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The Right and Wrong Approach to Tax Policy

The opinions expressed by columnists are their own and do not necessarily represent the views of

“I personally don’t believe we ought to be raising taxes”

“You don’t raise taxes in a recession, which is why we haven’t and why we’ve instead cut taxes. So I guess what I’d say is … you don’t raise taxes in a recession. ”

“The real risk to this economy is on the side of slow down…and that means we’ve got to make sure that we don’t take gasoline out of the tank at the end of this year.”

If you thought these quotes regarding the extension of the current tax rates were from a Republican, I wouldn’t blame you. But in reality, they’re from former President Bill Clinton, President Barack Obama, and former economic adviser to the Obama Administration, Larry Summers.

The debate centers around what to do with the 2001 and 2003 tax rates, first passed under President George W. Bush, and fully extended in 2010, for two years, by President Obama with the support of 91 sitting House Democrats and 39 Democratic Senators.

The uncertainty over these tax rates, which expire at the end of the year, has paralyzed small businesses, private investment and slammed the brakes on private-sector job creation.

President Obama announced he supports tax increases on everyone who makes $250,000 and up. He advocates increasing taxes to the same levels they were under former President Clinton, a position even Clinton himself doesn’t support.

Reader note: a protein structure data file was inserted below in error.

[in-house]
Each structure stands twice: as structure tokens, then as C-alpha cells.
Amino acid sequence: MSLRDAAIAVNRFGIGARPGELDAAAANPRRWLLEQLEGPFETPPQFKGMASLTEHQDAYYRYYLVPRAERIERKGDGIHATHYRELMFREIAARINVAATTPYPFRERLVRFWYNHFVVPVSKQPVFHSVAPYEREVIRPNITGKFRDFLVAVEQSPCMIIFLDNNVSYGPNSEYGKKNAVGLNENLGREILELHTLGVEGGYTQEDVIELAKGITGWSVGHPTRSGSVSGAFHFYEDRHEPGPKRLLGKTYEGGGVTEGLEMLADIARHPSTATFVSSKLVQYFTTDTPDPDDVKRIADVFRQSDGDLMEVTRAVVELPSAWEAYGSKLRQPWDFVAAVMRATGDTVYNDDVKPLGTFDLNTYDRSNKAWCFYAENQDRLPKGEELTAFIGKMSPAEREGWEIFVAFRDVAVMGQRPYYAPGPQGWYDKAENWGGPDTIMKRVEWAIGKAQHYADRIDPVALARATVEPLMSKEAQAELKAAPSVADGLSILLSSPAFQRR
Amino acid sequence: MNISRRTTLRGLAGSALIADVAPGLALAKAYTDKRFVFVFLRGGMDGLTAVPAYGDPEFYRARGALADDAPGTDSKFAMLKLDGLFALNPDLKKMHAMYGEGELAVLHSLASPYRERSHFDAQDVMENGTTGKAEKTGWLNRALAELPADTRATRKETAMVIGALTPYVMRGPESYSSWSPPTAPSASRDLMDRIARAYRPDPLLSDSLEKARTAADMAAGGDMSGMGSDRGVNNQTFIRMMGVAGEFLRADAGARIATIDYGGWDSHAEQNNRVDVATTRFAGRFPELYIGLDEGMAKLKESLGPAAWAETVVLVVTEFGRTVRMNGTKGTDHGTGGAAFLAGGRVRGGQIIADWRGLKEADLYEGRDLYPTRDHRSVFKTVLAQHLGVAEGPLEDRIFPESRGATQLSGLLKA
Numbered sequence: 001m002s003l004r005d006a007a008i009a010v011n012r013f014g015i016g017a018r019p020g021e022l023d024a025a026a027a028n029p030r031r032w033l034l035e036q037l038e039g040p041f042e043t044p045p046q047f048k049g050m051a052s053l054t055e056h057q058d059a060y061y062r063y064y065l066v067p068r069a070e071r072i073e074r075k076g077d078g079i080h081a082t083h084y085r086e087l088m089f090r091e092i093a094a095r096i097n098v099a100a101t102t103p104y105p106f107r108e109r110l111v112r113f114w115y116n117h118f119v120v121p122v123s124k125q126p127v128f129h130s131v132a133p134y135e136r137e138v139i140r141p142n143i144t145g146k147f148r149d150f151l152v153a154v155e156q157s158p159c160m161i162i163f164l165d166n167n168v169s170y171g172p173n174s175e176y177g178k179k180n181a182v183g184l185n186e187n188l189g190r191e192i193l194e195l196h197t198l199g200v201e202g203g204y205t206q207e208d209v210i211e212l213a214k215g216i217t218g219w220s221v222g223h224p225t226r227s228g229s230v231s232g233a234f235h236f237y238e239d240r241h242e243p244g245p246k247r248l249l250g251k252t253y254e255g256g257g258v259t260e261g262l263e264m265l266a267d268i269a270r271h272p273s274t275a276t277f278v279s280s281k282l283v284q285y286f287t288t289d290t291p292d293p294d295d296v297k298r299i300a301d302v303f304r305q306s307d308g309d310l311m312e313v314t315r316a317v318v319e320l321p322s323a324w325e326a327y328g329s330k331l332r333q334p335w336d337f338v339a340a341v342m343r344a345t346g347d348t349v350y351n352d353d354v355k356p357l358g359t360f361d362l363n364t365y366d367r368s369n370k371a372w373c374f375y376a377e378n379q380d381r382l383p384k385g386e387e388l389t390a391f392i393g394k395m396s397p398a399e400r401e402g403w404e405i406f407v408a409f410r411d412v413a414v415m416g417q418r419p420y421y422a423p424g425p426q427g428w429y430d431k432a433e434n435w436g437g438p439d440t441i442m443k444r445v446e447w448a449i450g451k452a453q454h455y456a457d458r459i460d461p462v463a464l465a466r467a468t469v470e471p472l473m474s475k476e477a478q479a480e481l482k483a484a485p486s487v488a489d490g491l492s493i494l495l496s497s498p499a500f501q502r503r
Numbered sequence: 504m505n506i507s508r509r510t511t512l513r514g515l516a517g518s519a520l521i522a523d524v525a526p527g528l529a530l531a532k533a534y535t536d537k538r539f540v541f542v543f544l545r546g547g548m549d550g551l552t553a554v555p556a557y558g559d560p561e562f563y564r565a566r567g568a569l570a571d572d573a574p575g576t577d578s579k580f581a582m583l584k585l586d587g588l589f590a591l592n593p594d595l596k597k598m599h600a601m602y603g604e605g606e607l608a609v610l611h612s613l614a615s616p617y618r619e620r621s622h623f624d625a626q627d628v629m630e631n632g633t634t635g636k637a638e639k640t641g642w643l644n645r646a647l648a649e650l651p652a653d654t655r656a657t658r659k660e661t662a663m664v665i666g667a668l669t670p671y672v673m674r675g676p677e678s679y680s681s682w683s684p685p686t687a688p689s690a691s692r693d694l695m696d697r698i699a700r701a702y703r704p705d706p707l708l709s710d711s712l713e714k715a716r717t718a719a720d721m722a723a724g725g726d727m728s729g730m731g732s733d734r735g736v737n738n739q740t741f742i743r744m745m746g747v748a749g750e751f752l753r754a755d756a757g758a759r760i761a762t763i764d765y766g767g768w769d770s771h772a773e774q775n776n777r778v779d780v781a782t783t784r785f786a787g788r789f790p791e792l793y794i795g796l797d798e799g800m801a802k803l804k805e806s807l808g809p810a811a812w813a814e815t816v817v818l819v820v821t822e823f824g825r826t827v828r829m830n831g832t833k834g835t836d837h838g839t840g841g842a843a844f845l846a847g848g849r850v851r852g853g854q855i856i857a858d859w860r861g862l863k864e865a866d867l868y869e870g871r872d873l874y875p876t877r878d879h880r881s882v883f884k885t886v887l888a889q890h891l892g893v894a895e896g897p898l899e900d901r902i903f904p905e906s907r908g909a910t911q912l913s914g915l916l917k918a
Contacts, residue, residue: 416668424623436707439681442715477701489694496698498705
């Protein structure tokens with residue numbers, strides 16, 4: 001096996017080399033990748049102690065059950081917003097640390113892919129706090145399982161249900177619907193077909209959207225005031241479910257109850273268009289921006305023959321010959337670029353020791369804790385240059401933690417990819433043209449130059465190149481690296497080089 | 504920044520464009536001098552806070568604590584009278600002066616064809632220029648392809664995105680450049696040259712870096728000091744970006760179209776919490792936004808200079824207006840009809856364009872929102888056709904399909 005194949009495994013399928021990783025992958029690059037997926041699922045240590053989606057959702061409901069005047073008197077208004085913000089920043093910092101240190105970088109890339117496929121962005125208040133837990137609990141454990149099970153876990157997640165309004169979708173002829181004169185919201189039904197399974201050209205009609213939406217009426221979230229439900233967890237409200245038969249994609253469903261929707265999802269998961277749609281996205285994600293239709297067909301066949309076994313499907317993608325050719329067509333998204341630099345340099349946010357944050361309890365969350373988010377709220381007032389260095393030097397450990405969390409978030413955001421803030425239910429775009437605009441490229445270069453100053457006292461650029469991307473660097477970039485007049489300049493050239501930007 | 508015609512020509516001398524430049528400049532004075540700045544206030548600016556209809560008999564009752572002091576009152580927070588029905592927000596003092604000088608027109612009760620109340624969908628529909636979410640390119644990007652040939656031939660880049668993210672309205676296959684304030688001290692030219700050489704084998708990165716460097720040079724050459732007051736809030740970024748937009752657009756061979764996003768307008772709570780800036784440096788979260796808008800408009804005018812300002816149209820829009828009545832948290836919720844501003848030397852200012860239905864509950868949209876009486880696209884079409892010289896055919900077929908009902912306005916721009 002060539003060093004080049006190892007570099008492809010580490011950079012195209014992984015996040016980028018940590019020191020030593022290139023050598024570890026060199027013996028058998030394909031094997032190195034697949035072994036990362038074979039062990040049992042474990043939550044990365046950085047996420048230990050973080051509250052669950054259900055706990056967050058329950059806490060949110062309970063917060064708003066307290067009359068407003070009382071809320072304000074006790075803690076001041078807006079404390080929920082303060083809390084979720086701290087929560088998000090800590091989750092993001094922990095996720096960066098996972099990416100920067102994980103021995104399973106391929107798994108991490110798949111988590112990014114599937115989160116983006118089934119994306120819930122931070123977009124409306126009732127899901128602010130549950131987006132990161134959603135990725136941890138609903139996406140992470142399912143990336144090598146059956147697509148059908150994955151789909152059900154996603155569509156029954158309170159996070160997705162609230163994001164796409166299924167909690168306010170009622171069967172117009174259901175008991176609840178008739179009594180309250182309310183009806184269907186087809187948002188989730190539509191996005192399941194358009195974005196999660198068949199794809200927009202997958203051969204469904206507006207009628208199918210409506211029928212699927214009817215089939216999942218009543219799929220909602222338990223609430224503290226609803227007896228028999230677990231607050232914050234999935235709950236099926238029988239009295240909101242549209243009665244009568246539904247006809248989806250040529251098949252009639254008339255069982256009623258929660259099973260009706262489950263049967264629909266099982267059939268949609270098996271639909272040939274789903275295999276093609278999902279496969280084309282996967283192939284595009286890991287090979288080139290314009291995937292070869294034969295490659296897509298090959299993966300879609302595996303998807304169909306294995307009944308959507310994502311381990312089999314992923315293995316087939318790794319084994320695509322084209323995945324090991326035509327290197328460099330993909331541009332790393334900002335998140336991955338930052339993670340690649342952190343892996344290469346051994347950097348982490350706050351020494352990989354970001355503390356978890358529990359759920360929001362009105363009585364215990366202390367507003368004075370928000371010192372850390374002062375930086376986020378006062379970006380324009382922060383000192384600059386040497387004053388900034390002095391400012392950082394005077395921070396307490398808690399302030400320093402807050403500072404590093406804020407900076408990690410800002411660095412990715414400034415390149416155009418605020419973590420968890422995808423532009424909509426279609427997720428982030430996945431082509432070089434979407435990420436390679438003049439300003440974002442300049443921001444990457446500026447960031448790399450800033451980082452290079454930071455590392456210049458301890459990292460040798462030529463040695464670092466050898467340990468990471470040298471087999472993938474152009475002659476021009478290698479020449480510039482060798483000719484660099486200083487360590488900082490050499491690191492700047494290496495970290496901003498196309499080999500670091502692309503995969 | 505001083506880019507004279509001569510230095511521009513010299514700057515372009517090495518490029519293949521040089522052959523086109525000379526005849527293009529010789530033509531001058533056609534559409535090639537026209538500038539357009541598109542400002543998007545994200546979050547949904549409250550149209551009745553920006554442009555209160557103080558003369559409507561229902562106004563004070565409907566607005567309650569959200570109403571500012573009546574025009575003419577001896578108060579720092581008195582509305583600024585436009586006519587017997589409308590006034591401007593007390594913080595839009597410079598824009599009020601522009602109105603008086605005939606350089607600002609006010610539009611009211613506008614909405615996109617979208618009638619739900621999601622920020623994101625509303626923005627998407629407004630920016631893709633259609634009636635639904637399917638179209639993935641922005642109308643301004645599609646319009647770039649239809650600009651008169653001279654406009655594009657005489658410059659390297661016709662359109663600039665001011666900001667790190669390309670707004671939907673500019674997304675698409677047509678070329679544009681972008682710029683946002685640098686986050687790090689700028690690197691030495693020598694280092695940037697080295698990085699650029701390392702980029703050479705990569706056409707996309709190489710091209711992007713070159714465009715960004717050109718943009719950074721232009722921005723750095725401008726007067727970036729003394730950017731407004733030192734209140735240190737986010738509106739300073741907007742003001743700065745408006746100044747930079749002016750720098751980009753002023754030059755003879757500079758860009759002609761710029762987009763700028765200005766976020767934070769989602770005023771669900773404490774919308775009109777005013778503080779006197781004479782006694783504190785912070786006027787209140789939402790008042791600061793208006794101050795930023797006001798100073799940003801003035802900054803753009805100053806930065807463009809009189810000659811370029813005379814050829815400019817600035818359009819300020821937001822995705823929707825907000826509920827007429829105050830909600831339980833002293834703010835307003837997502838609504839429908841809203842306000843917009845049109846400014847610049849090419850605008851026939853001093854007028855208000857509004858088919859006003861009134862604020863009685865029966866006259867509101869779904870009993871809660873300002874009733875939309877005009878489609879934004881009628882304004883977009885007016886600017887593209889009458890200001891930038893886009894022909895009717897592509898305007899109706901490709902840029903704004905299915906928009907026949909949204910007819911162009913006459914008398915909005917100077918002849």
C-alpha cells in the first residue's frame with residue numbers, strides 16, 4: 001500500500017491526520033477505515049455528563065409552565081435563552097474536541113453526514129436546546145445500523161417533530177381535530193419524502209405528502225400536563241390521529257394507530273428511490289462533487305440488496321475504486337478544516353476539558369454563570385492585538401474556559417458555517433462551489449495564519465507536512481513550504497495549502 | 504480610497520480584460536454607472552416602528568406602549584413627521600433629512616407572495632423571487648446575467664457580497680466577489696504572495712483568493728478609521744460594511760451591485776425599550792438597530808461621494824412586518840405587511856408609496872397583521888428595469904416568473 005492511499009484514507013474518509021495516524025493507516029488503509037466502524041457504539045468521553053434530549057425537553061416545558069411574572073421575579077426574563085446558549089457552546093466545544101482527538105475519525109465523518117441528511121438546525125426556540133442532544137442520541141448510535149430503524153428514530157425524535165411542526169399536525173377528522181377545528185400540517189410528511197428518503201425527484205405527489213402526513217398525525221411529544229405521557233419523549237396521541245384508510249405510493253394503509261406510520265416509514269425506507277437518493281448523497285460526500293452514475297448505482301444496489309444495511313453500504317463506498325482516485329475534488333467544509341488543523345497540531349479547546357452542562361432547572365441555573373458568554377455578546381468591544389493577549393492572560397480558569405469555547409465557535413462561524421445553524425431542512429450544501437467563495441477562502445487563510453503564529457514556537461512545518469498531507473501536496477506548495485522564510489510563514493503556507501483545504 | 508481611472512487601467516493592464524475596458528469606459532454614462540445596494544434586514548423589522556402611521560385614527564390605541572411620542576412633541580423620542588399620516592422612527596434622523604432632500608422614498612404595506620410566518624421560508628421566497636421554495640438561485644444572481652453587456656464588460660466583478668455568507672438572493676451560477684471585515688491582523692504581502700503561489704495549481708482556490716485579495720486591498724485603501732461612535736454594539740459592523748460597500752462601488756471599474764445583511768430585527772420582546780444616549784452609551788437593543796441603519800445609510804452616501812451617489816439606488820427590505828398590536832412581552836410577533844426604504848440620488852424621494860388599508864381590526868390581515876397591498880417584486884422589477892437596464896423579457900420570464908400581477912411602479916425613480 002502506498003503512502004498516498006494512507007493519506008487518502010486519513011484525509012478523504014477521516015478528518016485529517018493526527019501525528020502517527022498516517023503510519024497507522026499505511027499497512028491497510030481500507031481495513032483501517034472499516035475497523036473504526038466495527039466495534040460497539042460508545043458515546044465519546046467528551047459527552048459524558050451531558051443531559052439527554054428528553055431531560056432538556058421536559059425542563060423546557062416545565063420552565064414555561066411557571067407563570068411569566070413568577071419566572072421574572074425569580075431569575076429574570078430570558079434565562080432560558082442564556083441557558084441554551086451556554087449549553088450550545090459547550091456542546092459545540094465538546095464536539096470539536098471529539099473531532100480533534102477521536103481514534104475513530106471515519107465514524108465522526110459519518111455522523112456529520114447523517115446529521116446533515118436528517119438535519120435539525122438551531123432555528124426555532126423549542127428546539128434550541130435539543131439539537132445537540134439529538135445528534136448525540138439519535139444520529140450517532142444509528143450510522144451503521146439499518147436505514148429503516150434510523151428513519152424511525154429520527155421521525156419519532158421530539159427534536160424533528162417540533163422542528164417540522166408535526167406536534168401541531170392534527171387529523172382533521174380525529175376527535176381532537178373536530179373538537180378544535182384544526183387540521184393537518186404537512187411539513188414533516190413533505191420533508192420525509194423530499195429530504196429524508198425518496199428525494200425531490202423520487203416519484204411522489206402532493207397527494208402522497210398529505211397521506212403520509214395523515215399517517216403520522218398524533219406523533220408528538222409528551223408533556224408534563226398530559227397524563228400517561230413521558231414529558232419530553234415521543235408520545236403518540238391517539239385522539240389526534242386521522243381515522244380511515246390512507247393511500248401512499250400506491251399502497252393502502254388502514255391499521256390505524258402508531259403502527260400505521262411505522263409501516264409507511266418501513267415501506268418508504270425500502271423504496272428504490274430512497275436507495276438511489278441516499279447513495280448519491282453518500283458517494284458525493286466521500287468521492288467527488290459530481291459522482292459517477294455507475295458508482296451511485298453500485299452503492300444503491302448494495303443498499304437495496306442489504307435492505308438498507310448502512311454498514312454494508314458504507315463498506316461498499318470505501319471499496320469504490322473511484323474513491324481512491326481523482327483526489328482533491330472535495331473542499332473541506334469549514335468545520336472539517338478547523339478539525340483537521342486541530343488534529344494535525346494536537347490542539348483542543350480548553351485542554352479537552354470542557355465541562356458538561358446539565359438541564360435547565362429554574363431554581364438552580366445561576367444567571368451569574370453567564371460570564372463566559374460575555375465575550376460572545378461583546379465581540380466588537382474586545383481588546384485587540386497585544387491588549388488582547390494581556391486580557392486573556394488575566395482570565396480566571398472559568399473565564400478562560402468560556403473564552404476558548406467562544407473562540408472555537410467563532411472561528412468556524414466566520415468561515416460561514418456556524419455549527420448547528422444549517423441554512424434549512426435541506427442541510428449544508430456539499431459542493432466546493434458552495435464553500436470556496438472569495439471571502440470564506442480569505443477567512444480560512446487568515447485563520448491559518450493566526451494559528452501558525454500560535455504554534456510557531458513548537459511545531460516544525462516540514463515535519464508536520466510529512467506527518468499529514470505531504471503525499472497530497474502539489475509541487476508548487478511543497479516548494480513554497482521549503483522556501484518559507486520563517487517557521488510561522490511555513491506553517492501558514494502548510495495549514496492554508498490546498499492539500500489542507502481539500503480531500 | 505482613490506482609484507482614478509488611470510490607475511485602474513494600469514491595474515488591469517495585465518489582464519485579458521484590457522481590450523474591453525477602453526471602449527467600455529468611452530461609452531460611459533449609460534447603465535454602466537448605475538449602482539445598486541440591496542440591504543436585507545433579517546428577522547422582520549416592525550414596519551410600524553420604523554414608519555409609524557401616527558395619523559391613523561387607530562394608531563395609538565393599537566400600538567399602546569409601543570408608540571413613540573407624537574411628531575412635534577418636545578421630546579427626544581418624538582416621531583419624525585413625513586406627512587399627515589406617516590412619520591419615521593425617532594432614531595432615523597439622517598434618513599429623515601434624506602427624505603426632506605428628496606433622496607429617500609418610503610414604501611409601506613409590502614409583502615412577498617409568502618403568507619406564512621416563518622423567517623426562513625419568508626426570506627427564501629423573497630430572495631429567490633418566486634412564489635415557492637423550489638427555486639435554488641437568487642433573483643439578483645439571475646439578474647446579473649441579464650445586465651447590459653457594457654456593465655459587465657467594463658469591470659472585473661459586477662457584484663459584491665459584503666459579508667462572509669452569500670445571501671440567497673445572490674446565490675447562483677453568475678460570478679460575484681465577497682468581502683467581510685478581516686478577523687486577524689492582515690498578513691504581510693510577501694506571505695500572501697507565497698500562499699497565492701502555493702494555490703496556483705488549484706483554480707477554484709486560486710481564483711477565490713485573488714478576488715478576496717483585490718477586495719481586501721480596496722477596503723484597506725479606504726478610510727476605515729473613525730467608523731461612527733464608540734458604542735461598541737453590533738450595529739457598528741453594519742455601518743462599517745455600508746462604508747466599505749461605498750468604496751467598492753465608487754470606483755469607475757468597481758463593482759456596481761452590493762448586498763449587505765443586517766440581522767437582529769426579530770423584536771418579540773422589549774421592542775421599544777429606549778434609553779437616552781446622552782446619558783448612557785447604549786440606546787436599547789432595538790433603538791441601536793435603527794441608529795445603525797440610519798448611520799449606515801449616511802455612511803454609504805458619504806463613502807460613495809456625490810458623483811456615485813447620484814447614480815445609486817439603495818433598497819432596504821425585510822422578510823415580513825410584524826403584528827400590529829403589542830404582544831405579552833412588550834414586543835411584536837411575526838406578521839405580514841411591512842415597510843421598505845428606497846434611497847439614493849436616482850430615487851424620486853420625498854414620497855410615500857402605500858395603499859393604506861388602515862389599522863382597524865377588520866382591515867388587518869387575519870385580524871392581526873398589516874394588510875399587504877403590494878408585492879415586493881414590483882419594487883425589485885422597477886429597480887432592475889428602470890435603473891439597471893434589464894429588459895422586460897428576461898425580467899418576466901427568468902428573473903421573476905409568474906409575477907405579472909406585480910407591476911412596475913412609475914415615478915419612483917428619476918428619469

President Obama claims his tax hike only affects 3 percent of Americans. But according to the nonpartisan Joint Committee on Taxation, that translates into nearly 1 million of the most profitable small businesses across the country who are in a position to grow and hire. The President’s tax increases would hit over 50% of all the income generated by small businesses. The Small Business Administration (SBA) states that small firms accounted for 65 percent, or 9.8 million, of the 15 million net new jobs created between 1993 and 2009 – this is 7 out of 10 new jobs created. Yet, this tax increase is focused on precisely the same group of individuals most likely and capable of hiring new workers.

With 41 months of unemployment at or above 8 percent, this is not a wise course of action.

I believe there is better approach. This week the House will vote to extend all the current rates for one year to provide certainty for individuals and small businesses. During that year, the House Ways and Means Committee, on which I serve, can continue to move forward with comprehensive tax reform which will simplify our tax code for both employers and individuals, leaving us with lower tax rates for both and setting the stage for private sector economic growth to flourish.

These reforms include a top corporate tax rate of 25% and eliminating the six rate categories for personal income and replacing them with two: 10% and 25% for individuals. By doing so, we can throw out the 70,000 pages of tax code, no longer have the highest business tax rate in the world, and lower the individual rates; making the tax code fairer, simpler, and reducing the yearly tax obligations for everyone. By eliminating loop holes and special deductions, we ensure every American pays their fare share of taxes for living in the greatest country on Earth.

The tax code was last reformed in 1986, under the leadership of President Reagan and the stewardship of the Democratic Speaker Tip O’Neil. Despite the reality of a divided government, what followed was a sustained period of economic prosperity that benefited all Americans. Nearly 30 years later, we find the same divided government and the same stagnated economy. We should aim that high again and put our economy on the path to prosperity.

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